Tuesday, October 31, 2006

Joke

Some engineering students were shooting the bull in the dorm one night, and began to talk about the nature of God. They all agreed immediately that God was an engineer, but what kind?
One said, "God is a structural engineer. Look at the human body, with its skeletal system and circulatory system -- pure design perfection."

The second said, "Ah, but what runs this human body? The brain! The nervous system! God is an electrical/chemical engineer!"

The third one, quiet till then, said, "Yes, but who but a civil engineer runs a waste disposal system through a recreational area?"

Thursday, October 26, 2006

Phone Interviews

I just had one. I will say that I do not particularly care for them. I much prefer in person meetings/talks/interviews. Over the phone timing is more awkward, interruptions can occur more readily. I also feel compelled to say things and continue and often feel afterward as though the conversation, on my part, was forced. Moreover, not actually seeing the people interviewing you, makes it harder to get a feeling for how things are going or went, which leads to searching for flubs and mistakes, of which you will always find/remember many. In addition I have to concentrate much harder on what is being said, and really work to not get distracted. The amount of effort that this takes me is phenomenal, and that is when I am very interested in the goings on of the phone call, as I was for this interview. In this case I was additionally thrown off by the fact that I forgot about the one hour time difference and the call came an hour earlier than I expected it. I didn't have anything to drink and my mouth went dry over the course of the interview. That only provided me with further distraction. I'll find out how it went for sure in a few days.

Wednesday, October 18, 2006

Banning Tag?!?

Holy shit. I know there are stupid rules due to fear of lawsuits, but this one really burns me up. Actually, it wouldn't be so bad, and I would probably simply consider it funny sad, except for this:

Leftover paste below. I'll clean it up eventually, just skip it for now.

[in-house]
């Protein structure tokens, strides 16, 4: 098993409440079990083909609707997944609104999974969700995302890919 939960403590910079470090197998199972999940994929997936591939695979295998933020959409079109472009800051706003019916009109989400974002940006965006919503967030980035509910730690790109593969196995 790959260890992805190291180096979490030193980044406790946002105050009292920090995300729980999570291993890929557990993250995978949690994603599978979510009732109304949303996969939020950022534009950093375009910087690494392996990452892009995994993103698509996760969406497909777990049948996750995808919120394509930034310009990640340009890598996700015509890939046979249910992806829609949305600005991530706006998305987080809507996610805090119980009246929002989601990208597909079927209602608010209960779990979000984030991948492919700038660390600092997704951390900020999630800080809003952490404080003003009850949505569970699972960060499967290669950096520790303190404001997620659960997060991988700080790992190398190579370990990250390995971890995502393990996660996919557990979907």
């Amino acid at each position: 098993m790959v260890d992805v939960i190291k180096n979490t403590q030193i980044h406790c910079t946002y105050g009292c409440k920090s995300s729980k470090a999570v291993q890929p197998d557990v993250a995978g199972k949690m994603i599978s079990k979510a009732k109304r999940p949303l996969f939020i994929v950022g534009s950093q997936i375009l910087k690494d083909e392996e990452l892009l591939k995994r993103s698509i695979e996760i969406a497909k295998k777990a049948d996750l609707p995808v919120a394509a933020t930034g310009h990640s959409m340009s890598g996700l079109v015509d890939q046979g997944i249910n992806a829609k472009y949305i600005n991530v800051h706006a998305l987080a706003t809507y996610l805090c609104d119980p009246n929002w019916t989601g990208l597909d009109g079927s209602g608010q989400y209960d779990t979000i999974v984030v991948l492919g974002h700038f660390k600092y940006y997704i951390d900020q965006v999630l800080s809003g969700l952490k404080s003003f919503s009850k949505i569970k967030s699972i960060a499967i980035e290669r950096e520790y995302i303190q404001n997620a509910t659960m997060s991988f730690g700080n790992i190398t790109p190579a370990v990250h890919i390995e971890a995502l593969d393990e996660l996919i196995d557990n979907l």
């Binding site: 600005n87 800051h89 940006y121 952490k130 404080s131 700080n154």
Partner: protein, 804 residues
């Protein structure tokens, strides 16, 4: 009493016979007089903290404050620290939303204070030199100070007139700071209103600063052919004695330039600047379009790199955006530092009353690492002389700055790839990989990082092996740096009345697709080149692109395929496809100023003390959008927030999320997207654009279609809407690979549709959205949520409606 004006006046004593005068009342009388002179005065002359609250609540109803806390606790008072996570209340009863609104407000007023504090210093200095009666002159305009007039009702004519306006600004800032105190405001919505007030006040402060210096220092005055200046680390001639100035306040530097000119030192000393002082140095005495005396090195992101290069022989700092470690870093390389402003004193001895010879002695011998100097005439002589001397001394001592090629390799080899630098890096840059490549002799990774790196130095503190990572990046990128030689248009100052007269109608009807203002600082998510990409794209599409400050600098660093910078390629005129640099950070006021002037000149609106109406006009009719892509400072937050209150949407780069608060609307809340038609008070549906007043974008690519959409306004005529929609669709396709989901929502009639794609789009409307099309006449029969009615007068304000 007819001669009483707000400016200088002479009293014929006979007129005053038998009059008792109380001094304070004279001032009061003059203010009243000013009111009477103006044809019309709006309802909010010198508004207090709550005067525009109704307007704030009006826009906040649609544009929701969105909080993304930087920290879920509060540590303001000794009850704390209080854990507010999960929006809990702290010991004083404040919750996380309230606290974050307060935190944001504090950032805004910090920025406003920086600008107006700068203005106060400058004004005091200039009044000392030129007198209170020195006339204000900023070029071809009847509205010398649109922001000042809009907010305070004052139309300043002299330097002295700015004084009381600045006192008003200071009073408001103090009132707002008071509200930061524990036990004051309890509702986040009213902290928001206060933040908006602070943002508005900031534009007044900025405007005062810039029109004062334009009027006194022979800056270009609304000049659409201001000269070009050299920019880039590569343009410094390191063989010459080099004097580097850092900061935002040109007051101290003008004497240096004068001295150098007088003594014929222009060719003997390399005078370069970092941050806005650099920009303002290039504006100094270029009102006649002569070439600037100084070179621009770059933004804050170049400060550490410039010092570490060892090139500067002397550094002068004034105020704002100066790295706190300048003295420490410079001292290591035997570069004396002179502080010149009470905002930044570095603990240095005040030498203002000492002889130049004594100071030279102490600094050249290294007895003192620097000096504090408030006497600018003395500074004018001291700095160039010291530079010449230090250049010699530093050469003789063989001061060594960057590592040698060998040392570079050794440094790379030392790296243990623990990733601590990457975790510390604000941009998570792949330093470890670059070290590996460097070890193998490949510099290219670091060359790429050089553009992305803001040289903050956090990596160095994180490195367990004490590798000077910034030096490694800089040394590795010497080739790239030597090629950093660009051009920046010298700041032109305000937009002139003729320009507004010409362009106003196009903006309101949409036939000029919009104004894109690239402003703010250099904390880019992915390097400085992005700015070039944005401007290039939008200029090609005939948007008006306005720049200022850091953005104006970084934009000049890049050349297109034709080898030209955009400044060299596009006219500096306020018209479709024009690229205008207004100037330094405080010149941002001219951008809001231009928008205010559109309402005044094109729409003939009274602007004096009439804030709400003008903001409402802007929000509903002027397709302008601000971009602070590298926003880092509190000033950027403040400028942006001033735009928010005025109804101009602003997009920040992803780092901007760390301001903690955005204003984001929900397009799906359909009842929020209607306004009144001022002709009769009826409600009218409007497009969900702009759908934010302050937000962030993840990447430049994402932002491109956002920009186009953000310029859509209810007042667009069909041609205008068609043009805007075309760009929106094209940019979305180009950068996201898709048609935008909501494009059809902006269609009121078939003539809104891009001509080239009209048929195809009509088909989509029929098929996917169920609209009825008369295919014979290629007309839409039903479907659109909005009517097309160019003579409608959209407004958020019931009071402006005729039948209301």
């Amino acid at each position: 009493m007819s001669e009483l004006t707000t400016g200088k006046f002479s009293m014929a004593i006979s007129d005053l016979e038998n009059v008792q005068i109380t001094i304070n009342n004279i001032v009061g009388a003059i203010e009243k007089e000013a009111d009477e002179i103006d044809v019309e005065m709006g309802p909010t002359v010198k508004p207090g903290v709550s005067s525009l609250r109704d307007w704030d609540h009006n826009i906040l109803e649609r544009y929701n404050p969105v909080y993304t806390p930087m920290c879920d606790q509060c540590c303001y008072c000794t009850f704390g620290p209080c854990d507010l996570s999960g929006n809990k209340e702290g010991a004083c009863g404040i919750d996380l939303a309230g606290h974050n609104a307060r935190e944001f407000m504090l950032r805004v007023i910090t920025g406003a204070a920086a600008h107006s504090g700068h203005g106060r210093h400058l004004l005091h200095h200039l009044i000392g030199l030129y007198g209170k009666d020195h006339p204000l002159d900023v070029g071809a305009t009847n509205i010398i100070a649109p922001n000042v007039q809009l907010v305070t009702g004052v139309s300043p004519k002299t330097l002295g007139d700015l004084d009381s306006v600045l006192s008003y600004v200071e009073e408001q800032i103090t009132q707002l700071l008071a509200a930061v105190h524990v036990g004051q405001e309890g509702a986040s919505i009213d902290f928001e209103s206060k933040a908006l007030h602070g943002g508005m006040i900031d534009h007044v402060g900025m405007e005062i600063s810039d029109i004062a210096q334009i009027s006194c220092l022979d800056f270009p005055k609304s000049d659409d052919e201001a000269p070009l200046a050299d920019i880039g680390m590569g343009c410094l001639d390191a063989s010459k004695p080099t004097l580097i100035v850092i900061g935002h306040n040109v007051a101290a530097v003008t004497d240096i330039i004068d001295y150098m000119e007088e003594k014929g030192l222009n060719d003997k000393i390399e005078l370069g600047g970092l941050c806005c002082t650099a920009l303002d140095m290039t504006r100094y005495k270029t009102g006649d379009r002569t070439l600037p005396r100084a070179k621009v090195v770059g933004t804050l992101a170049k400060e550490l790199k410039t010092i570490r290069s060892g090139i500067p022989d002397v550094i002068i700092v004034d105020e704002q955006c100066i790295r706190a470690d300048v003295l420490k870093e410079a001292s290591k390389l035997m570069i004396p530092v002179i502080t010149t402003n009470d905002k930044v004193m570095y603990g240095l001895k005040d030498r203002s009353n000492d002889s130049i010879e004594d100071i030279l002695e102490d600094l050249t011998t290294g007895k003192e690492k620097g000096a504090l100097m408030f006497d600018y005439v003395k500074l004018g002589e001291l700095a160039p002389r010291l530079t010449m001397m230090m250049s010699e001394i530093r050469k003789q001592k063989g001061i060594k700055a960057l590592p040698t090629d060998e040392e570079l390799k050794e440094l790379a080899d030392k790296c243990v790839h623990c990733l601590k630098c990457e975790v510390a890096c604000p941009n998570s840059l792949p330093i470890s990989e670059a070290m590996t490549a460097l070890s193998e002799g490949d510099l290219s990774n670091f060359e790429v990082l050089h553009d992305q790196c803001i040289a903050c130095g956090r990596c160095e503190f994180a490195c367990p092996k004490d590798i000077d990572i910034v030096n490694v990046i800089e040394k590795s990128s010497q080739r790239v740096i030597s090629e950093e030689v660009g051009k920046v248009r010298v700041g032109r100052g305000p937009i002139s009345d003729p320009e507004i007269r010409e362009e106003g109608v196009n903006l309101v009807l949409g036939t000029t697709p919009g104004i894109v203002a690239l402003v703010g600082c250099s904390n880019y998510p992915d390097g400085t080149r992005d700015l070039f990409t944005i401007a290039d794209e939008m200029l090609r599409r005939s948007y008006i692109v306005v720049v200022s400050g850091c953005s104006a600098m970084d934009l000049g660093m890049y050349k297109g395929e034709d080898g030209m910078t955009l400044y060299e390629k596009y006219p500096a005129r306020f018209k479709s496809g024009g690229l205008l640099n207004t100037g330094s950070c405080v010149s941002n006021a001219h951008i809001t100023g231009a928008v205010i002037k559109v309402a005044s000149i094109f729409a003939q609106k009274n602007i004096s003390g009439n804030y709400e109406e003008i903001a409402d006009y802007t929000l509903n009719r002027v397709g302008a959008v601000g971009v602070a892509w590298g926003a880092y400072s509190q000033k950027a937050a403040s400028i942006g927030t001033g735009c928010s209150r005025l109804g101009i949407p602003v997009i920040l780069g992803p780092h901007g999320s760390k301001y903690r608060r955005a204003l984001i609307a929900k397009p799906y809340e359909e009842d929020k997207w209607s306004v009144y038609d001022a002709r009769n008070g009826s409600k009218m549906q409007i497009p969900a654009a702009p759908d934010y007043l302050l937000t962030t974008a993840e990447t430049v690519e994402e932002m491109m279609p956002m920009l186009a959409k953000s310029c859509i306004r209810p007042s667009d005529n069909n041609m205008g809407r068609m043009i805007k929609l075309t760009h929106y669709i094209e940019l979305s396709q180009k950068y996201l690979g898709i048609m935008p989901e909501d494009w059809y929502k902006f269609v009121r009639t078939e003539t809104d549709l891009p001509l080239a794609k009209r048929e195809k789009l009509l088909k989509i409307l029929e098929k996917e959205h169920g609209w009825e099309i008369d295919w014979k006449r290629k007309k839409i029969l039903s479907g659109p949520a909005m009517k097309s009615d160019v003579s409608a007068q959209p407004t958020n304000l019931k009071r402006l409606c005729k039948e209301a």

"Another Willett parent, Celeste D'Elia, said her son feels safer because of the rule. 'I've witnessed enough near collisions,' she said."

First off: her son feels safer? Is he a loser or are the other kids in his school little shits? There were myriad tag style games when I was in grade school and I remember not everyone playing. Hell, I don't think that I played all the time. It went something like this: "Hey, ____, do you want to play tag?" "Not really." "Okay, hey, (someone else), do you..." Sometimes tag was not played. Kids that didn't play were not picked on and ridiculed, well, not for that anyway, kids can be nasty. If any child feels threatened by tag at recess then either they have been raised horribly, or there is zero teacher supervision and a bunch of mini-ass holes.

Second, and this provides us with the likely correct solution to the last statement: she has witnessed enough near collisions? Are you kidding me? What the hell does that even mean? Is this woman so rediculously overprotective that the notion of two kids running into each other is this terrifying? Wait, don't answer that, I already know and the response is "she shouldn't be breeding." They're kids; they play; sometimes they get hurt. So what? It's people like this with absolutely zero sense of appropriate response/risk/fear that allows zealots to strip away our rights in the name of safety.

The sad thing is that it was likely the best decision for the school. If crazy woman's terrified son had ended up with a broken arm/sprained ankle/bruised ego then she would go and sue the district for tens or hundereds of thousands, forcing the schools to decide between heat and books. Also I feel sorry for the boy. His mother probably also keeps the home antiseptically clean, which will induce him to have severe allergies and asthma in the future if not already.

Final note to parents out there: overprotection of your children is counterproductive. It is the freedom to make mistakes, including those which can lead to injury/sickness/embarassment that help us to grow and learn. A 13 year old who learned by five that cuts, scrapes, and bruises hurt is less likely to inflict such injuries on others (and by 13 those injuries could be far more severe). The more insulated the less empathy and the less humane the person.